As Passover and spring arrive, it’s time to clean out the chametz to prepare for the holiday. Many of us have been “quarantine” cleaning and getting organized since the pandemic hit. Overflowing closets and disorganized drawers are becoming a thing of the past.
“It’s always time to get organized. Creating functional systems that also look beautiful gives you a chance to feel calmer and more in control,” said Clea Shearer, who with Joanna Teplin are nationally recognized organizers, authors and founders of The Home Edit.
“Sorting by color is just another form of labeling,” Shearer said. “Since kids learn by color, we also suggest sorting items in rainbow order as a labeling system. Don’t confuse organizing with cleaning. If you don’t create a sustainable system first, a mess is bound to reappear. If you take the time to think through your habits, your home and your lifestyle, you can create smart solutions that you’ll be able to maintain.”
Teplin added, “The biggest mistake we see first-time organizers make is thinking they need to tackle their entire house at once. Instead, start with a drawer. The knowledge and confidence you gain from a smaller project will motivate you to tackle the larger portions. Next, start every project with an edit. This means removing every item from the space, grouping them into categories, and purging what you no longer want or need. Rolling carts have proven to be a helpful solution. Each kid has their own and we store their supplies on it. Create a spot for current, on-going, or pending projects. Having a specific spot will decrease piles of clutter that can otherwise accumulate.”
Atlanta certified professional organizer Michelle Cooper, a member of NAPO (National Association of Productivity & Organizing professionals), is a former realtor and co-owner of The Student Organizers of Atlanta. Her company Put It There focuses on helping clients get organized, and she suggests these organizing tips:
■ Assess a space: How do you and your family members use the space? Pick a location to work and arm yourself with all necessary supplies: trash bags, Sharpies, donation boxes, and a tote or laundry basket to relocate items.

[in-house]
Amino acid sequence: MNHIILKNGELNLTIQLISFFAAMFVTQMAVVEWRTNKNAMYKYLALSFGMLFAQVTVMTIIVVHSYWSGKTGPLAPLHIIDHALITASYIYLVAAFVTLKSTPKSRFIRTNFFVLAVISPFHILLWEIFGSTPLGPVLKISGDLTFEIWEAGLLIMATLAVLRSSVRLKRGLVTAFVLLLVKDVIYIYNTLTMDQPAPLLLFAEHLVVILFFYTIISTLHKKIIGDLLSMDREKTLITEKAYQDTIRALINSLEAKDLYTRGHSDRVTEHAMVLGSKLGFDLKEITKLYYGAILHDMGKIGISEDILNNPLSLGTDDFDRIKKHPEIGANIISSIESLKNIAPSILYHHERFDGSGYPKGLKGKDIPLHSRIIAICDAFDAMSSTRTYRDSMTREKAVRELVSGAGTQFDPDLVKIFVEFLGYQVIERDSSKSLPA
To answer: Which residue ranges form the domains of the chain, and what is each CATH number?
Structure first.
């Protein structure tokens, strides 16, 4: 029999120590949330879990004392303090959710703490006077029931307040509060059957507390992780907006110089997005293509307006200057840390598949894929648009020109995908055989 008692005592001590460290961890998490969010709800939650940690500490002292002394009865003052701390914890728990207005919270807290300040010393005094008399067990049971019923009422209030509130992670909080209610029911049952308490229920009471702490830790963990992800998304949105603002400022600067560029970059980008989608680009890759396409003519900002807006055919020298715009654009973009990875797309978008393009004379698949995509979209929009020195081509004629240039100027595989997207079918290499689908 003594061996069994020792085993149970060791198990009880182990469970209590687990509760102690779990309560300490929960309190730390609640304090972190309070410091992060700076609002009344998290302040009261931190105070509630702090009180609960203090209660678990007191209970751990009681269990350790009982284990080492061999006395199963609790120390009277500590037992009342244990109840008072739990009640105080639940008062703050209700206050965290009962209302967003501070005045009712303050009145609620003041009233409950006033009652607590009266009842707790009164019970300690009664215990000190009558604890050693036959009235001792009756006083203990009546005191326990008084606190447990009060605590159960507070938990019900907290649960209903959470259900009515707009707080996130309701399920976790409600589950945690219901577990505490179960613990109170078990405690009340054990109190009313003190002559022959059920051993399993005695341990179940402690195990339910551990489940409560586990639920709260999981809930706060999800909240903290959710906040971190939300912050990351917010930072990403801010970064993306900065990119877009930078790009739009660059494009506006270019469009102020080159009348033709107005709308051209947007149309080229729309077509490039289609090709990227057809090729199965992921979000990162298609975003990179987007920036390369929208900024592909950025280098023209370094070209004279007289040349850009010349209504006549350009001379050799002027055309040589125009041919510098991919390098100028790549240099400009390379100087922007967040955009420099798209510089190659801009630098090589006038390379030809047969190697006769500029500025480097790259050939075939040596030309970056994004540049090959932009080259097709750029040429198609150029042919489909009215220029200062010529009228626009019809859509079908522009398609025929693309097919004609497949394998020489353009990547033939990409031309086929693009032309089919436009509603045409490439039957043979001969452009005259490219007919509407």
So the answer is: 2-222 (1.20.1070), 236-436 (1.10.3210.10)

■ Purge: Start small. Pull items out of one drawer or cabinet or pick one area of a room. Group like items together and then go one category at a time, picking out the items that work best. Only after you have purged and decided what items will live where should you shop for proper bins or baskets.
■ Donate: Find an organization that pulls at your heartstrings and feels worthwhile. A few choices for clothing plus other household items includes Goodwill of North Georgia or the Community Assistance Center.
■ Create systems: Label everything. Create an efficient, easy-to-use paper management system. Papers kept for reference and retention purposes need a file cabinet or storage area. Action papers need a system for bills to pay, papers to read/file/scan, etc.
■ Schedule regular maintenance: Paperwork should be processed daily, but do a weekly catch up on those that are laying around. Closets should be evaluated seasonally. Toys should be reviewed twice a year (definitely before birthdays and Hanukkah when there is an influx).
■ Downsizing or merging households: Purging is essential and it can be emotional.
Even once you have decided to part with items, do you donate it? Sell it? Who wants it? Having a neutral, third party help you cull through your belongings can be invaluable.
Stephanie Jenkins, owner of Simplify with Stephanie, offers stress-free services in relocation, decluttering and organizing as well as preparing homes for an estate sale once the house is decluttered. She said she believes, “When a house is organized, nothing lives on the floor; it’s easier to keep clean and everyone is happier.”
The entire organization industry is booming, according to Dale Cardwell, a consumer advocate and founder of TrustDale.com, a free research and referral business. “The past year has seen an explosion in the home improvement space. Closet makeovers are especially high on that list, because they create beauty and efficiency.”
Regardless of which area of your home you target, with a little elbow grease and a plan, you are in for a more organized life.